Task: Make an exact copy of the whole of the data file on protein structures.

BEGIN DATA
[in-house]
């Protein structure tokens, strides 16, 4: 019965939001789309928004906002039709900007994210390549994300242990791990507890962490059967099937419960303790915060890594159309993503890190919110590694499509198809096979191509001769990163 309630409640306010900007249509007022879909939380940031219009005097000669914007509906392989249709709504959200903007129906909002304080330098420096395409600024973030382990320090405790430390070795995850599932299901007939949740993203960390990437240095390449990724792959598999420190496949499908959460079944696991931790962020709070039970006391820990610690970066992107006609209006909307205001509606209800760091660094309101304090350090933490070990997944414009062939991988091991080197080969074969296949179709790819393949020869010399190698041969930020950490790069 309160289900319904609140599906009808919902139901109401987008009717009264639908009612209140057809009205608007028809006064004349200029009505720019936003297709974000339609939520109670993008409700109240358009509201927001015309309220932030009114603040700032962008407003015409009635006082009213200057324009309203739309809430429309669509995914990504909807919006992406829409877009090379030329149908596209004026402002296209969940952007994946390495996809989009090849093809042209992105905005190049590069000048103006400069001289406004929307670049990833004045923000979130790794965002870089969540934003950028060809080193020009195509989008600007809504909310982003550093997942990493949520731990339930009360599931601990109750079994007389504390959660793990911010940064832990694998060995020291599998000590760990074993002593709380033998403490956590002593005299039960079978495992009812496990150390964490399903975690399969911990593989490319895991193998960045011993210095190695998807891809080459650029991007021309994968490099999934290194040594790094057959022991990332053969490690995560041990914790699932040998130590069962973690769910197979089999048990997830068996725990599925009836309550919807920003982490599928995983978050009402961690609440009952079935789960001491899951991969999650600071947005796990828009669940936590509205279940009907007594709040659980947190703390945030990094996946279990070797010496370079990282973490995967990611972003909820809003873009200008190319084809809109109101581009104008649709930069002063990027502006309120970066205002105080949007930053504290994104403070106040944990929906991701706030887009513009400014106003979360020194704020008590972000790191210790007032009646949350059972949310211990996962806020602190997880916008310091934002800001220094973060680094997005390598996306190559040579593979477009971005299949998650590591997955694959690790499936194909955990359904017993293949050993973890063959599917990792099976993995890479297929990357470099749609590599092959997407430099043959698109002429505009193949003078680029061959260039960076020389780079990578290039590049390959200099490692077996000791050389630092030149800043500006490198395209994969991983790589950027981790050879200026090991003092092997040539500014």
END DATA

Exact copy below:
[in-house]
């Protein structure tokens, strides 16, 4: 019965939001789309928004906002039709900007994210390549994300242990791990507890962490059967099937419960303790915060890594159309993503890190919110590694499509198809096979191509001769990163 309630409640306010900007249509007022879909939380940031219009005097000669914007509906392989249709709504959200903007129906909002304080330098420096395409600024973030382990320090405790430390070795995850599932299901007939949740993203960390990437240095390449990724792959598999420190496949499908959460079944696991931790962020709070039970006391820990610690970066992107006609209006909307205001509606209800760091660094309101304090350090933490070990997944414009062939991988091991080197080969074969296949179709790819393949020869010399190698041969930020950490790069 309160289900319904609140599906009808919902139901109401987008009717009264639908009612209140057809009205608007028809006064004349200029009505720019936003297709974000339609939520109670993008409700109240358009509201927001015309309220932030009114603040700032962008407003015409009635006082009213200057324009309203739309809430429309669509995914990504909807919006992406829409877009090379030329149908596209004026402002296209969940952007994946390495996809989009090849093809042209992105905005190049590069000048103006400069001289406004929307670049990833004045923000979130790794965002870089969540934003950028060809080193020009195509989008600007809504909310982003550093997942990493949520731990339930009360599931601990109750079994007389504390959660793990911010940064832990694998060995020291599998000590760990074993002593709380033998403490956590002593005299039960079978495992009812496990150390964490399903975690399969911990593989490319895991193998960045011993210095190695998807891809080459650029991007021309994968490099999934290194040594790094057959022991990332053969490690995560041990914790699932040998130590069962973690769910197979089999048990997830068996725990599925009836309550919807920003982490599928995983978050009402961690609440009952079935789960001491899951991969999650600071947005796990828009669940936590509205279940009907007594709040659980947190703390945030990094996946279990070797010496370079990282973490995967990611972003909820809003873009200008190319084809809109109101581009104008649709930069002063990027502006309120970066205002105080949007930053504290994104403070106040944990929906991701706030887009513009400014106003979360020194704020008590972000790191210790007032009646949350059972949310211990996962806020602190997880916008310091934002800001220094973060680094997005390598996306190559040579593979477009971005299949998650590591997955694959690790499936194909955990359904017993293949050993973890063959599917990792099976993995890479297929990357470099749609590599092959997407430099043959698109002429505009193949003078680029061959260039960076020389780079990578290039590049390959200099490692077996000791050389630092030149800043500006490198395209994969991983790589950027981790050879200026090991003092092997040539500014």